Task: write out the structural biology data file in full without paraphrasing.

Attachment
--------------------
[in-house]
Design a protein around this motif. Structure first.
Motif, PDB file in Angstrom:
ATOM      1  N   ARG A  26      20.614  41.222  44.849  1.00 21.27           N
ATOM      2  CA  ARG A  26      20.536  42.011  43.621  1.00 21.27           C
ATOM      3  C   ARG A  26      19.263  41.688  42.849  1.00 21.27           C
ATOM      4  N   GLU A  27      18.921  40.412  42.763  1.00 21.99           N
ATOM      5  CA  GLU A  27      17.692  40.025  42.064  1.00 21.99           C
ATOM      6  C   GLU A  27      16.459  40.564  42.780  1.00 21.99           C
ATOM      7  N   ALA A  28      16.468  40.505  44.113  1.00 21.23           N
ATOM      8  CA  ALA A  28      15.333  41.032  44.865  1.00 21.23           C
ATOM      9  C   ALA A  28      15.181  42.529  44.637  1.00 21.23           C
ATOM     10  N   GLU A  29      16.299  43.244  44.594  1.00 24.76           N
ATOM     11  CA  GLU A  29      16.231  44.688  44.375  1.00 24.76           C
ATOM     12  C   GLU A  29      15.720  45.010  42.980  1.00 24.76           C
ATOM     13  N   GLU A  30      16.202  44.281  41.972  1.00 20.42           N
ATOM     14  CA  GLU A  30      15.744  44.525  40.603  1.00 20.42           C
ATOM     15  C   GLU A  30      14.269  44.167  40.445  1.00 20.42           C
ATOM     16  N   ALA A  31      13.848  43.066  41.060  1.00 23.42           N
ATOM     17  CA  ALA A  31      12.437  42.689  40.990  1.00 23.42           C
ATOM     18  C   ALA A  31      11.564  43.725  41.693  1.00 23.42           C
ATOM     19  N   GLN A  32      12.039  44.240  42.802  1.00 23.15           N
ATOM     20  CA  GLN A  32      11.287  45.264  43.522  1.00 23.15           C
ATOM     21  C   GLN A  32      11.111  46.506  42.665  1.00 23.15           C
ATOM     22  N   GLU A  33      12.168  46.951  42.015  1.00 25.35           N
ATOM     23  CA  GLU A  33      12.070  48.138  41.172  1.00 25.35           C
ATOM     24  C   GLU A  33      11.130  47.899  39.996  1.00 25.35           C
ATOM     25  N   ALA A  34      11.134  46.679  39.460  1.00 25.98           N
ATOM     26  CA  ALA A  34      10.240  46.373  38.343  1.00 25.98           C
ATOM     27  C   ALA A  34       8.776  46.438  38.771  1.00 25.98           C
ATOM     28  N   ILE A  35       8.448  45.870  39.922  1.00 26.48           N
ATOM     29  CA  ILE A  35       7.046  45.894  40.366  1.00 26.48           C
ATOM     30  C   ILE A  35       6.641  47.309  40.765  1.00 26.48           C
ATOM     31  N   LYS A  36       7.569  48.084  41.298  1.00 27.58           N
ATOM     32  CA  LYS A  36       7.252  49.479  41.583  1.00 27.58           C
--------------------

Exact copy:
[in-house]
Design a protein around this motif. Structure first.
Motif, PDB file in Angstrom:
ATOM      1  N   ARG A  26      20.614  41.222  44.849  1.00 21.27           N
ATOM      2  CA  ARG A  26      20.536  42.011  43.621  1.00 21.27           C
ATOM      3  C   ARG A  26      19.263  41.688  42.849  1.00 21.27           C
ATOM      4  N   GLU A  27      18.921  40.412  42.763  1.00 21.99           N
ATOM      5  CA  GLU A  27      17.692  40.025  42.064  1.00 21.99           C
ATOM      6  C   GLU A  27      16.459  40.564  42.780  1.00 21.99           C
ATOM      7  N   ALA A  28      16.468  40.505  44.113  1.00 21.23           N
ATOM      8  CA  ALA A  28      15.333  41.032  44.865  1.00 21.23           C
ATOM      9  C   ALA A  28      15.181  42.529  44.637  1.00 21.23           C
ATOM     10  N   GLU A  29      16.299  43.244  44.594  1.00 24.76           N
ATOM     11  CA  GLU A  29      16.231  44.688  44.375  1.00 24.76           C
ATOM     12  C   GLU A  29      15.720  45.010  42.980  1.00 24.76           C
ATOM     13  N   GLU A  30      16.202  44.281  41.972  1.00 20.42           N
ATOM     14  CA  GLU A  30      15.744  44.525  40.603  1.00 20.42           C
ATOM     15  C   GLU A  30      14.269  44.167  40.445  1.00 20.42           C
ATOM     16  N   ALA A  31      13.848  43.066  41.060  1.00 23.42           N
ATOM     17  CA  ALA A  31      12.437  42.689  40.990  1.00 23.42           C
ATOM     18  C   ALA A  31      11.564  43.725  41.693  1.00 23.42           C
ATOM     19  N   GLN A  32      12.039  44.240  42.802  1.00 23.15           N
ATOM     20  CA  GLN A  32      11.287  45.264  43.522  1.00 23.15           C
ATOM     21  C   GLN A  32      11.111  46.506  42.665  1.00 23.15           C
ATOM     22  N   GLU A  33      12.168  46.951  42.015  1.00 25.35           N
ATOM     23  CA  GLU A  33      12.070  48.138  41.172  1.00 25.35           C
ATOM     24  C   GLU A  33      11.130  47.899  39.996  1.00 25.35           C
ATOM     25  N   ALA A  34      11.134  46.679  39.460  1.00 25.98           N
ATOM     26  CA  ALA A  34      10.240  46.373  38.343  1.00 25.98           C
ATOM     27  C   ALA A  34       8.776  46.438  38.771  1.00 25.98           C
ATOM     28  N   ILE A  35       8.448  45.870  39.922  1.00 26.48           N
ATOM     29  CA  ILE A  35       7.046  45.894  40.366  1.00 26.48           C
ATOM     30  C   ILE A  35       6.641  47.309  40.765  1.00 26.48           C
ATOM     31  N   LYS A  36       7.569  48.084  41.298  1.00 27.58           N
ATOM     32  CA  LYS A  36       7.252  49.479  41.583  1.00 27.58           C